Saturday, April 19, 2008

Road to Zion

To get to Zion, it turns out that you have to navigate across a vast high desert. Luckily, we’re happy to report that the natives are friendly, the roads are wide open, and the sights are as enigmatic as they are interesting. Indeed, the quest for getting to the promised land is as interesting as the place itself.

Humble homes are built into precariously poised boulders and trinket tables...

... historical markers can be found in the middle of what can only be described as nowhere ...

... and an abundance of wild-like buffalo rule the plains.

Make no mistake, it is a long and arduous journey. Weary from our travels, we stopped just shy of Zion at the Village of Many Nations.

Okay. It's an RV park. But the camp sites are funky, the biggest tepees have fire pits inside, the living history exhibits are fun, and Joshua, a really cool artist-in-residence, takes care of the place. In fact, Diane and I spent the better part of a day swapping travel tales with Joshua (he hiked the length of South America, for example), citing the works of favorite authors, discussing the business of publishing (his first novel has been picked up), and generally having a fine old time.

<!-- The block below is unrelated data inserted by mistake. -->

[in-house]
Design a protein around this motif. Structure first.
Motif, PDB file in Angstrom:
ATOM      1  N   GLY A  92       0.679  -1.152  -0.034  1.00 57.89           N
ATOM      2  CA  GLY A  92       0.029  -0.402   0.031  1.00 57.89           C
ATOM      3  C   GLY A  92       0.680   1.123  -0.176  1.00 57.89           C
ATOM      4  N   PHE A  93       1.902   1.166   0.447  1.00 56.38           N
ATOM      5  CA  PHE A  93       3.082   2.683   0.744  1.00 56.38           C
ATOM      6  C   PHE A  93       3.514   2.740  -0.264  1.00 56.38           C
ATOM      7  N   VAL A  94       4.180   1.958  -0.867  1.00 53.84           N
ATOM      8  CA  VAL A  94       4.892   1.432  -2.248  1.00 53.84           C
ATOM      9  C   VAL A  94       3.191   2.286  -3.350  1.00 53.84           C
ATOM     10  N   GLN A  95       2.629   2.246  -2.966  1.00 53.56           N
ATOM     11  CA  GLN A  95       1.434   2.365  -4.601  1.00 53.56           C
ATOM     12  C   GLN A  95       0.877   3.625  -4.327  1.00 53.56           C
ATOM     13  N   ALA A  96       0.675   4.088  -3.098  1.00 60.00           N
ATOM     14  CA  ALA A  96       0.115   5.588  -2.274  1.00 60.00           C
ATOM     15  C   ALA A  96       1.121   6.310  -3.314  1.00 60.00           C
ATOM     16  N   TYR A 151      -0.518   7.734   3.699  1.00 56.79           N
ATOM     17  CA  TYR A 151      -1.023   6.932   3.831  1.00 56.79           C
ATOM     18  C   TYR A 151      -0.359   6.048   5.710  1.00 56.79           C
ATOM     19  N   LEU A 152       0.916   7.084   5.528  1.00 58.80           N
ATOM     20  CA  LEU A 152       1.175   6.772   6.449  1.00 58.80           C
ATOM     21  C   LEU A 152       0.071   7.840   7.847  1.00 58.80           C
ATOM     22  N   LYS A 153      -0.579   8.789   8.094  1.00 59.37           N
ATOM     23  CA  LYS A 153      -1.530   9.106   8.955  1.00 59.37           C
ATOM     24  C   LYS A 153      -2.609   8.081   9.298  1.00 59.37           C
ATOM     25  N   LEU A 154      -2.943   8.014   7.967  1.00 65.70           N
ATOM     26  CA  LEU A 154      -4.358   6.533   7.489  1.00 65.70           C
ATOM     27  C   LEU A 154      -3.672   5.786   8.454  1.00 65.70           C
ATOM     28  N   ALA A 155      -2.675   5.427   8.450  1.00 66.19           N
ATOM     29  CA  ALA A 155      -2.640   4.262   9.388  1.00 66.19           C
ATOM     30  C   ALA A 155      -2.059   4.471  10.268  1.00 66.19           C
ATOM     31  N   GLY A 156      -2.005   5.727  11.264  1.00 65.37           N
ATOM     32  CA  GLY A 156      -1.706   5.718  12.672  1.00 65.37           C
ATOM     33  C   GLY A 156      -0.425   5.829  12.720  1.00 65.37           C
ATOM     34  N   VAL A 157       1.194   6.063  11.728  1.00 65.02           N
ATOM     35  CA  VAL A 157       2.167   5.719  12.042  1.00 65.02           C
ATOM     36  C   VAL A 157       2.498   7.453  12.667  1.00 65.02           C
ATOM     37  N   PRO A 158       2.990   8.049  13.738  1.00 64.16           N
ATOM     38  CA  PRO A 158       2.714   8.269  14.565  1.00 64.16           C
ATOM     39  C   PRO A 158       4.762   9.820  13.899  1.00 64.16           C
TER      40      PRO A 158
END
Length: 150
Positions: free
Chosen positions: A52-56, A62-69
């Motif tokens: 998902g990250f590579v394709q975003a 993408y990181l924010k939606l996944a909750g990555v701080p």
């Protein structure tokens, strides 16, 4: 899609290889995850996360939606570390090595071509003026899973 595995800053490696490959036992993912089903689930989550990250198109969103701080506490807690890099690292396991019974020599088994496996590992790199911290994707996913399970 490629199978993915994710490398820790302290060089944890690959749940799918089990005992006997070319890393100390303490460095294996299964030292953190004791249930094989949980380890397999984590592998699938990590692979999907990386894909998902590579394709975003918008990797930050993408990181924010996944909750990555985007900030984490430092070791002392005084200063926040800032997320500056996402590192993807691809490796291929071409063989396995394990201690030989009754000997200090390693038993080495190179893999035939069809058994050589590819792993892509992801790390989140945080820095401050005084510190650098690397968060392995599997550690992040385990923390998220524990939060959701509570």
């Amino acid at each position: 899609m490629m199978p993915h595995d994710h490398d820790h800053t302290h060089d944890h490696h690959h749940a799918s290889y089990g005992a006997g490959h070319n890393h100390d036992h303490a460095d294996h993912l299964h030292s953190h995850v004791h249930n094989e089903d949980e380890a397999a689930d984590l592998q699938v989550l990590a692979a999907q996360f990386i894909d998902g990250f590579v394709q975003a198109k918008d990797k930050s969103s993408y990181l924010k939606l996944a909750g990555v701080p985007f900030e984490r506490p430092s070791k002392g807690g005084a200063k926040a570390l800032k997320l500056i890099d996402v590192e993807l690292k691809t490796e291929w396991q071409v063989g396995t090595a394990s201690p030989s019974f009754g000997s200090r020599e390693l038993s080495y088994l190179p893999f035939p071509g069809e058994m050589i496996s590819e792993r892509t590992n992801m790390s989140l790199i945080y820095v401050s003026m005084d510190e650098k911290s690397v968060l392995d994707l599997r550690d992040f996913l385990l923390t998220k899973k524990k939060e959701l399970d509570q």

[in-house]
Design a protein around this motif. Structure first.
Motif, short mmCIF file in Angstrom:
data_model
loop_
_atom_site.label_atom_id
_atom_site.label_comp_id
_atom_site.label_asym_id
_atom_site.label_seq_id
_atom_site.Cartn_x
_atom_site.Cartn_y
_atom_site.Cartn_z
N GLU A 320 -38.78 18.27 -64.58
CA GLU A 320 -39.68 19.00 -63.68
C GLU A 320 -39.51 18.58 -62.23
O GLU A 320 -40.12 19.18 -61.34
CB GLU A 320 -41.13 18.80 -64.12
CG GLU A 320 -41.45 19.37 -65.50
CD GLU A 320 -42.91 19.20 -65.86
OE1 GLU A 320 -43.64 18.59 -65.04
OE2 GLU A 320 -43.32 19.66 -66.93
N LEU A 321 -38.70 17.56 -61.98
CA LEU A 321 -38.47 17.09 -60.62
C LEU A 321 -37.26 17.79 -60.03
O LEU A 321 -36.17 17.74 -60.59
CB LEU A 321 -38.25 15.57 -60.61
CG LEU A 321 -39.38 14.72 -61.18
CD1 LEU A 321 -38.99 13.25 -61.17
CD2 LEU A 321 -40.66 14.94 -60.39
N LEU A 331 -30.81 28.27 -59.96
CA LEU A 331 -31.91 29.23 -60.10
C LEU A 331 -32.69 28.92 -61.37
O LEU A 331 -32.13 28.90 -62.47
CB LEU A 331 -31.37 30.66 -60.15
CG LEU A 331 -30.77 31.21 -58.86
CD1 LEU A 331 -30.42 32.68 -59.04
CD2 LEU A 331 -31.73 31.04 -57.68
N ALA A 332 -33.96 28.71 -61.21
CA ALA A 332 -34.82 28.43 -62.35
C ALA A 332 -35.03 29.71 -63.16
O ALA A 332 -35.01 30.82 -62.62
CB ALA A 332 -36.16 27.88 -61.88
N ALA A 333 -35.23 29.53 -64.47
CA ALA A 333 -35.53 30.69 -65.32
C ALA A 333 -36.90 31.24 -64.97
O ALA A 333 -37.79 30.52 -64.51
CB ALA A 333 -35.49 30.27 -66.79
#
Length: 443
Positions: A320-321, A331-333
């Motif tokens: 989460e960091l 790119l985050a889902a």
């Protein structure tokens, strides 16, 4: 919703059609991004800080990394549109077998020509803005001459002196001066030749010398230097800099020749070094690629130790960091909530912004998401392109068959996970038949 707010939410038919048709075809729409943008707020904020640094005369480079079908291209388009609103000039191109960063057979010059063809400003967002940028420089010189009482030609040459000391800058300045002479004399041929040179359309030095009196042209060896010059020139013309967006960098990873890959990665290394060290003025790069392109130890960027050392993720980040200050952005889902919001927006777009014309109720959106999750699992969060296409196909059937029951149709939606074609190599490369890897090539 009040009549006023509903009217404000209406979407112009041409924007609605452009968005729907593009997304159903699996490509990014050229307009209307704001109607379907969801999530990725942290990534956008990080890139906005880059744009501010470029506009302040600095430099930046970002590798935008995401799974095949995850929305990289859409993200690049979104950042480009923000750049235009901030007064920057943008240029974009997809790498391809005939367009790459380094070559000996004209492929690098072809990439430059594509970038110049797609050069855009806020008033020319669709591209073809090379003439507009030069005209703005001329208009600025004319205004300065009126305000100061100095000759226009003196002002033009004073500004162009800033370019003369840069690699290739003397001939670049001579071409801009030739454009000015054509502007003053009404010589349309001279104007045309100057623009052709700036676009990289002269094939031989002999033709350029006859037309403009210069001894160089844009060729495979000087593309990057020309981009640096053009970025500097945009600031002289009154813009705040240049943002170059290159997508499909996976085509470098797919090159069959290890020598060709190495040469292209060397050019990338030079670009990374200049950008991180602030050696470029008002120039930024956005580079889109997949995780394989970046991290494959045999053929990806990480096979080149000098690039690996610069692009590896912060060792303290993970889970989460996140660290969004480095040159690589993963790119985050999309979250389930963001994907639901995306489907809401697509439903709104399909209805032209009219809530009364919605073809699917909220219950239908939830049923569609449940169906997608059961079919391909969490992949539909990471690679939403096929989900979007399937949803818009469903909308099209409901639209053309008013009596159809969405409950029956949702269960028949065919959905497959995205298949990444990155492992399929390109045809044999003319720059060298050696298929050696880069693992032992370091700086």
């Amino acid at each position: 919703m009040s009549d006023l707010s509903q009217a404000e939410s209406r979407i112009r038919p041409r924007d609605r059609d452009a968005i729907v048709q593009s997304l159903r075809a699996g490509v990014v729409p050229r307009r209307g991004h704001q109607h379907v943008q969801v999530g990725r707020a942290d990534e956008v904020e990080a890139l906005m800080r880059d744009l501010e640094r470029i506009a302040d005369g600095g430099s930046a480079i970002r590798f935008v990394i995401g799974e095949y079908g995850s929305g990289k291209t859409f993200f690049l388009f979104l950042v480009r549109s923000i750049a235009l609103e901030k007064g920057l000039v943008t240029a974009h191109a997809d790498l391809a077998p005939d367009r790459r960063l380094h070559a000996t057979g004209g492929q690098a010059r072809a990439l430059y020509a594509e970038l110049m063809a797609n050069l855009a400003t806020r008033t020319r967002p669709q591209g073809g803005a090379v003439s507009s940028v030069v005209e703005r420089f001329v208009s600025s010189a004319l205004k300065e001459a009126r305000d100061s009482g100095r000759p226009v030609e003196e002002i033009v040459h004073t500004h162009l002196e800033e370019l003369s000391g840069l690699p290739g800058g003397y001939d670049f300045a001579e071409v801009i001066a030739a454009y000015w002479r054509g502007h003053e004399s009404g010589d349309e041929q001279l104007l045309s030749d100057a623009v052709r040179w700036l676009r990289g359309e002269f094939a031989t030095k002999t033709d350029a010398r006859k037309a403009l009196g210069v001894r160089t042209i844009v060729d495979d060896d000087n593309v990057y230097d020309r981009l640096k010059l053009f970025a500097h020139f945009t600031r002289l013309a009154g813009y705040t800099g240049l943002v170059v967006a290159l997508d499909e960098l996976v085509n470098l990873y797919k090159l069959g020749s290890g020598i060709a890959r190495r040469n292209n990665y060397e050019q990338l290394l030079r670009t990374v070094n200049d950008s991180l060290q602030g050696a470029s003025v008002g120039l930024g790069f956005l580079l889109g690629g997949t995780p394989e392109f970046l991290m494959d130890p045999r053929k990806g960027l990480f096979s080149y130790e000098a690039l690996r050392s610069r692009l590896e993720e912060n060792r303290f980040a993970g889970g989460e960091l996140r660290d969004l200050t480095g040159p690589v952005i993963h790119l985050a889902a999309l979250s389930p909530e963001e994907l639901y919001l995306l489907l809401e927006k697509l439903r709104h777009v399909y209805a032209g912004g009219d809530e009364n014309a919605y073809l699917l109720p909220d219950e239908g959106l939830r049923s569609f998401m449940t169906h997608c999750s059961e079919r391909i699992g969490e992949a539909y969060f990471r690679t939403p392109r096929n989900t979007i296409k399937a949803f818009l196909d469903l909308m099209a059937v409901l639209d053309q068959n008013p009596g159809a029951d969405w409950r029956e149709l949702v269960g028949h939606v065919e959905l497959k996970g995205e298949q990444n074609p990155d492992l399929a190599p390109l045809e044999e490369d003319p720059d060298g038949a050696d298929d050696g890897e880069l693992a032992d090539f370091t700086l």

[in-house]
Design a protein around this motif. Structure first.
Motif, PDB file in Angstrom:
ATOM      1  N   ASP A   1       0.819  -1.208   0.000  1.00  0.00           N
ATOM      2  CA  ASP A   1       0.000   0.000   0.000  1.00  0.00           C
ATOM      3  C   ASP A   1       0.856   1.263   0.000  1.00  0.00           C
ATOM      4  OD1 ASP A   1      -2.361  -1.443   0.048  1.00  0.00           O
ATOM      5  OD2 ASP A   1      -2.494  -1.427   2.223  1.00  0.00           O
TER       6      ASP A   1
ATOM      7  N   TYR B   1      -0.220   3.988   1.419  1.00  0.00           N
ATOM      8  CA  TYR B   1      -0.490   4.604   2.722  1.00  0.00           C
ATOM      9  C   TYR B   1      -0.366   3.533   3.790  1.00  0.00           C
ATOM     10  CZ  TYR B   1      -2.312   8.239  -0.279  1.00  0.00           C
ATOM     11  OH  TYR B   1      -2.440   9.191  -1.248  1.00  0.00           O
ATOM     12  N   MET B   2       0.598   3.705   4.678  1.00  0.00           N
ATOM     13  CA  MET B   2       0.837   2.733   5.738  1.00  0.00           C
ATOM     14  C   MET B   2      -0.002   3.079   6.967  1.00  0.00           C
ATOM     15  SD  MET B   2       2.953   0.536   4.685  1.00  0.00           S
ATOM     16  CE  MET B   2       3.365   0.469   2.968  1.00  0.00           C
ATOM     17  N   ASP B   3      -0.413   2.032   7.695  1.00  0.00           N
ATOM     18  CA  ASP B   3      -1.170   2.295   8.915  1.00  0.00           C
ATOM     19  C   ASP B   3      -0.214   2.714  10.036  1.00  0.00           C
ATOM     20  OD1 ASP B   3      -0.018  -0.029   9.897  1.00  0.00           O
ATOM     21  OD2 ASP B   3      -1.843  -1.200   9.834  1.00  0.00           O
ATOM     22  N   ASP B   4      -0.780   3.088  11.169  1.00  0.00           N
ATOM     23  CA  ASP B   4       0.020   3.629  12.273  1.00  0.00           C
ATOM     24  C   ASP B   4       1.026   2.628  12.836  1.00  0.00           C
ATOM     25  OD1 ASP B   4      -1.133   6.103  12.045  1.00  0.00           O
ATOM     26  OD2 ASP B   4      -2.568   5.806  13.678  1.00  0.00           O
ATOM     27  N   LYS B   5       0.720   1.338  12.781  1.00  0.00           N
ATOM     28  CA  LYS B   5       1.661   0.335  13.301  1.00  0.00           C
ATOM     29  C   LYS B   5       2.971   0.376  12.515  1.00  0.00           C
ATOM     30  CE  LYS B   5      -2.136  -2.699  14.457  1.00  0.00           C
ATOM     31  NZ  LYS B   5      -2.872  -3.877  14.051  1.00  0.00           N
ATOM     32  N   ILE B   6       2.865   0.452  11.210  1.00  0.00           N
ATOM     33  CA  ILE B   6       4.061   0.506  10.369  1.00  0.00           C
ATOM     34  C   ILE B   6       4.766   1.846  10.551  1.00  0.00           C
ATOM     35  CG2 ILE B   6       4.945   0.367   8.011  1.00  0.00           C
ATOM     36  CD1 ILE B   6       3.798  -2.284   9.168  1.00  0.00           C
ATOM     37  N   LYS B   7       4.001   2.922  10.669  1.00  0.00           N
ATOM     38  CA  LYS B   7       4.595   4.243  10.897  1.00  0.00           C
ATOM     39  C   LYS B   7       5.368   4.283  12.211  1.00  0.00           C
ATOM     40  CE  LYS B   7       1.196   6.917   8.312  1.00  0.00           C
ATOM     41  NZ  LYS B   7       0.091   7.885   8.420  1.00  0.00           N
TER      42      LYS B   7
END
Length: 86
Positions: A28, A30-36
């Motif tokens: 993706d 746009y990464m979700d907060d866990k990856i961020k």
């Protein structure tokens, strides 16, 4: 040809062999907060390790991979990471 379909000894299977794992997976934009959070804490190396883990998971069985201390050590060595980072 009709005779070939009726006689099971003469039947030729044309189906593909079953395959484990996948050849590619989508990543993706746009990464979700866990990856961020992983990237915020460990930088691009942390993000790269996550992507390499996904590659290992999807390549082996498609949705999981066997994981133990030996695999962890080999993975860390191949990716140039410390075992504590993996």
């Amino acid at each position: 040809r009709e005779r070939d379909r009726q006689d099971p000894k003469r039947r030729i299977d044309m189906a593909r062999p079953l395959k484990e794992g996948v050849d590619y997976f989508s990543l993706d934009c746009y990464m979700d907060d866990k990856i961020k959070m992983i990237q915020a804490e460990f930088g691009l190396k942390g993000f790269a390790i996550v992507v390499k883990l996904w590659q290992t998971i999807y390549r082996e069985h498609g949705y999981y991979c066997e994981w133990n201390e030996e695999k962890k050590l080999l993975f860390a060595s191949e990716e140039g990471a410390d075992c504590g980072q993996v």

The truest gift of traveling with an improvised agenda without time constraints is the pause between destinations to linger over a few cups of coffee, soak in the old familiar warmth of the morning sun in a strange land and, if we’re lucky, make a new friend.

But the entrance to Zion itself, a mere 500 yards away, beckoned. We could wait no more.


  1. Just because we can.
    Burghley Girls

  2. Hey Mike,
    Thanks again for the touching reflection on Mother's Day.
    There is nothing that means more to a mom than to see that her children have grown to be wonderful, outstanding and beautiful adults.